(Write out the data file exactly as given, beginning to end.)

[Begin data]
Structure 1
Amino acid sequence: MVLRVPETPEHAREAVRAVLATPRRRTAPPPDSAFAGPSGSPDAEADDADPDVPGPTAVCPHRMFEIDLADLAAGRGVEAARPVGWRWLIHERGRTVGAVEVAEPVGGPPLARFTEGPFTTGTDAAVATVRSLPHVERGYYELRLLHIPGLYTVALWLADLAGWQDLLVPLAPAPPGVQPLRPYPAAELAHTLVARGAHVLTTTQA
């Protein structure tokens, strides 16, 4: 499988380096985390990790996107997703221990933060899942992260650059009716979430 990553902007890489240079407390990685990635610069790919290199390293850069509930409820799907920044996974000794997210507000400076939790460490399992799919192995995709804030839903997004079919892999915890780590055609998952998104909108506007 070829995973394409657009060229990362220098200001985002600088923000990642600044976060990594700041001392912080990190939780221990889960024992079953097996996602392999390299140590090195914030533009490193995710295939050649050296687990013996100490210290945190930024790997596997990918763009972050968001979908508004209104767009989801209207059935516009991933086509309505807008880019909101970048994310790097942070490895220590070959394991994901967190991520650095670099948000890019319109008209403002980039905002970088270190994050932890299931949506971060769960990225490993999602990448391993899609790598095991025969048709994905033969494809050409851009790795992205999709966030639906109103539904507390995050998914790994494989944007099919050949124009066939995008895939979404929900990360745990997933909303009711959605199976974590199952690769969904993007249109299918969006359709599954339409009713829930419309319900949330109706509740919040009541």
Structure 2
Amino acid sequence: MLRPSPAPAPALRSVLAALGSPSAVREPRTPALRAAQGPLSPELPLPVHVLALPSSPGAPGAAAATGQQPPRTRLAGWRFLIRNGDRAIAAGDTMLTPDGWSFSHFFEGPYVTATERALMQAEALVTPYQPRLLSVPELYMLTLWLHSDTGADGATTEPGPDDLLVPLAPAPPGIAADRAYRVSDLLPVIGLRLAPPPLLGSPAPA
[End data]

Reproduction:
Structure 1
Amino acid sequence: MVLRVPETPEHAREAVRAVLATPRRRTAPPPDSAFAGPSGSPDAEADDADPDVPGPTAVCPHRMFEIDLADLAAGRGVEAARPVGWRWLIHERGRTVGAVEVAEPVGGPPLARFTEGPFTTGTDAAVATVRSLPHVERGYYELRLLHIPGLYTVALWLADLAGWQDLLVPLAPAPPGVQPLRPYPAAELAHTLVARGAHVLTTTQA
């Protein structure tokens, strides 16, 4: 499988380096985390990790996107997703221990933060899942992260650059009716979430 990553902007890489240079407390990685990635610069790919290199390293850069509930409820799907920044996974000794997210507000400076939790460490399992799919192995995709804030839903997004079919892999915890780590055609998952998104909108506007 070829995973394409657009060229990362220098200001985002600088923000990642600044976060990594700041001392912080990190939780221990889960024992079953097996996602392999390299140590090195914030533009490193995710295939050649050296687990013996100490210290945190930024790997596997990918763009972050968001979908508004209104767009989801209207059935516009991933086509309505807008880019909101970048994310790097942070490895220590070959394991994901967190991520650095670099948000890019319109008209403002980039905002970088270190994050932890299931949506971060769960990225490993999602990448391993899609790598095991025969048709994905033969494809050409851009790795992205999709966030639906109103539904507390995050998914790994494989944007099919050949124009066939995008895939979404929900990360745990997933909303009711959605199976974590199952690769969904993007249109299918969006359709599954339409009713829930419309319900949330109706509740919040009541």
Structure 2
Amino acid sequence: MLRPSPAPAPALRSVLAALGSPSAVREPRTPALRAAQGPLSPELPLPVHVLALPSSPGAPGAAAATGQQPPRTRLAGWRFLIRNGDRAIAAGDTMLTPDGWSFSHFFEGPYVTATERALMQAEALVTPYQPRLLSVPELYMLTLWLHSDTGADGATTEPGPDDLLVPLAPAPPGIAADRAYRVSDLLPVIGLRLAPPPLLGSPAPA